Diary of an Athlete's Mom
Having a child who loves being an athlete and who enjoys almost anything to do with sports is such a blessing, yet is sometimes a challenge. Sports can teach us so many life skills and lessons such as how to work together toward a common goal, enjoy individual and team success, manage stress and accept
disappointment. Through sports, one also learns skills such as time management, discipline, respect, how to work hard toward an individual and team goal, toughness, cooperation, sportsmanship, how to make friends, problem-solving skills and character. Sports also help us develop healthy habits of having fun while exercising. Sports can be so exciting or so heart breaking, just as life can be.
As a parent, here are some suggestions.
- Watch as many of your children’s sporting events as you are able. I will never regret the hundreds of hours I spent watching my son practice and play in games over the years, as well as shooting baskets with him in the driveway or catching the football. I do regret the big game that I missed in 7th grade because I was working, as the team managed to win a close game against their archrival. (My son still mentions the excitement of that game but I was not there.)
- Do not worry about how neat your house or yard is, if all the errands are finished, or if a fancy dinner is prepared. Make the sports activities a priority, for your own sake and the sake of your children. They will remember if their parents were at their game, not if the floor was spotless, the furniture dusted or they ate a 3-course dinner.
- Listen to your children share their excitement about their sport activities, even if you do not understand it all. When my son and husband talk about basketball strategy, I do not understand some of it but I am always learning, asking questions and showing interest, because they love it so much. Guess what? The more I know, the more I love it too, the strategy of it all and because it is their passion.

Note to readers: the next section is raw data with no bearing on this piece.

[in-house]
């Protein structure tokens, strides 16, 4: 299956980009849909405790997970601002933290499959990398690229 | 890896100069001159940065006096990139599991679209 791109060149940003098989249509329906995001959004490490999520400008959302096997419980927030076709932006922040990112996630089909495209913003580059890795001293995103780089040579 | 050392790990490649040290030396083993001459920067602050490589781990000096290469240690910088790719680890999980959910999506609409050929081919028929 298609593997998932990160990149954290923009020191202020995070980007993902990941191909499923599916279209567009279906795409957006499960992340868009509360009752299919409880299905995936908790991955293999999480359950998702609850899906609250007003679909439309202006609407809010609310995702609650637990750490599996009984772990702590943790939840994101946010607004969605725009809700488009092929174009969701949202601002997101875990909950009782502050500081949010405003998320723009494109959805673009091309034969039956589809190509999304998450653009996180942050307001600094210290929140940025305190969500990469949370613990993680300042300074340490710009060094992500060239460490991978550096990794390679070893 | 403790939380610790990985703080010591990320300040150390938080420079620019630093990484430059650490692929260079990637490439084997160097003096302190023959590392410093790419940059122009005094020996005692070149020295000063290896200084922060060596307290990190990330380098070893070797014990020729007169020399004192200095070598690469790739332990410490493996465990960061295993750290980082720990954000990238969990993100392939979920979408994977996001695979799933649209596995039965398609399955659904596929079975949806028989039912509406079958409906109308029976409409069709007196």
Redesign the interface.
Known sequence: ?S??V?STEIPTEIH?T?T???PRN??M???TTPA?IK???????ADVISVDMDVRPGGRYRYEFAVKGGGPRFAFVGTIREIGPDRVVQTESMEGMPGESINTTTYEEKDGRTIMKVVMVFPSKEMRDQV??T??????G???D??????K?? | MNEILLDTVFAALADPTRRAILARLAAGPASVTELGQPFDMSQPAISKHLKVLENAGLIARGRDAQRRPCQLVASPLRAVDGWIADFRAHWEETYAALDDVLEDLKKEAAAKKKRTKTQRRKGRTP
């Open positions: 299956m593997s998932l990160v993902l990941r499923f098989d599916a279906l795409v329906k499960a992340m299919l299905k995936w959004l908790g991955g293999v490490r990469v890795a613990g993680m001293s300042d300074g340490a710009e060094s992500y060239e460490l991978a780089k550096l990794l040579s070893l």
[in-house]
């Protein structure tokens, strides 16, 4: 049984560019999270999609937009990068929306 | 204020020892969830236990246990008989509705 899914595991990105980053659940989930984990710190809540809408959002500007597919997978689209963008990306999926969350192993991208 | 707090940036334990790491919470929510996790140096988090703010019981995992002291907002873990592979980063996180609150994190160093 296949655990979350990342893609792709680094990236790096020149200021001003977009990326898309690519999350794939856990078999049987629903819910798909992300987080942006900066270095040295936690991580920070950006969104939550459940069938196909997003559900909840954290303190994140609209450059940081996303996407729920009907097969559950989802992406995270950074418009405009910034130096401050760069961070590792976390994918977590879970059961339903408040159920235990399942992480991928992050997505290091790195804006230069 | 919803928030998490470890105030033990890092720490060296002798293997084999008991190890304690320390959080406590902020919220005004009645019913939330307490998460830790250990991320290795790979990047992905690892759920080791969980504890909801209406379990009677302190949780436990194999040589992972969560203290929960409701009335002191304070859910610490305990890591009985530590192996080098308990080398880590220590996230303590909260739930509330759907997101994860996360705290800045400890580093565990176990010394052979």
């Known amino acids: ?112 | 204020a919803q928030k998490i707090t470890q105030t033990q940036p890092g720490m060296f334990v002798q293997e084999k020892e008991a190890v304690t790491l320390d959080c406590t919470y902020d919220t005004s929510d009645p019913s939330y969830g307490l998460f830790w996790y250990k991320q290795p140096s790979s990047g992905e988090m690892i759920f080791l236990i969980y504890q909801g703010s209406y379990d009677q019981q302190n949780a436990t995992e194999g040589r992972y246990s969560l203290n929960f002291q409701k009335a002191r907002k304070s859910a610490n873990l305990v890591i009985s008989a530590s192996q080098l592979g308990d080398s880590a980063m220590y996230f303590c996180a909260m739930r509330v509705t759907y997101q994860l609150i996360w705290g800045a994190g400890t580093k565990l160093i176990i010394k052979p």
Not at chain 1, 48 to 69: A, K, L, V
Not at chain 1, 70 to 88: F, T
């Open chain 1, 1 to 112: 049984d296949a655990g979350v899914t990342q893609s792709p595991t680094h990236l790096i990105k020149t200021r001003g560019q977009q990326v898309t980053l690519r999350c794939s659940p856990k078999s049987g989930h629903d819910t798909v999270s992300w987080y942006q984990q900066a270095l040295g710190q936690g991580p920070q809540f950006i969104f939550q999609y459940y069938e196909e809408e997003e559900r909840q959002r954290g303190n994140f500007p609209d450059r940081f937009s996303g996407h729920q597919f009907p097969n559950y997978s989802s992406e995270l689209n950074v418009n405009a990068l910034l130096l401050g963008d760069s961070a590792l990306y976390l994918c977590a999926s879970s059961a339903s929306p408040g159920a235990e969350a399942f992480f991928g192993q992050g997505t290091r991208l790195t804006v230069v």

- As a parent, when you are upset with a coach or referee, keep it to yourself. My son once told me that when parents yell criticisms during the game, it is embarrassing and distracting to the players. As the wife of a coach it is so hard on the coach when parents are negative, angry or critical. I have heard there is a shortage of coaches and referees these days, mainly due to how parents act toward them.
- Remember that coaches and referees are doing their best, no one is perfect, and if you think you could do a better job, then do it yourself. You will see it is not easy.
Soon I will be so sad that my son’s organized sports journey will be over, as he is a senior in high school. I will miss the hours in the car with him driving to practice and games when he was younger, the highs and lows of the games, watching him and his team succeed and make mistakes, navigating disappointments and all of our adventures together over the years. I hope my son always knows and treasures that his parents are his #1 fans, in sports and as he ventures through this journey of life.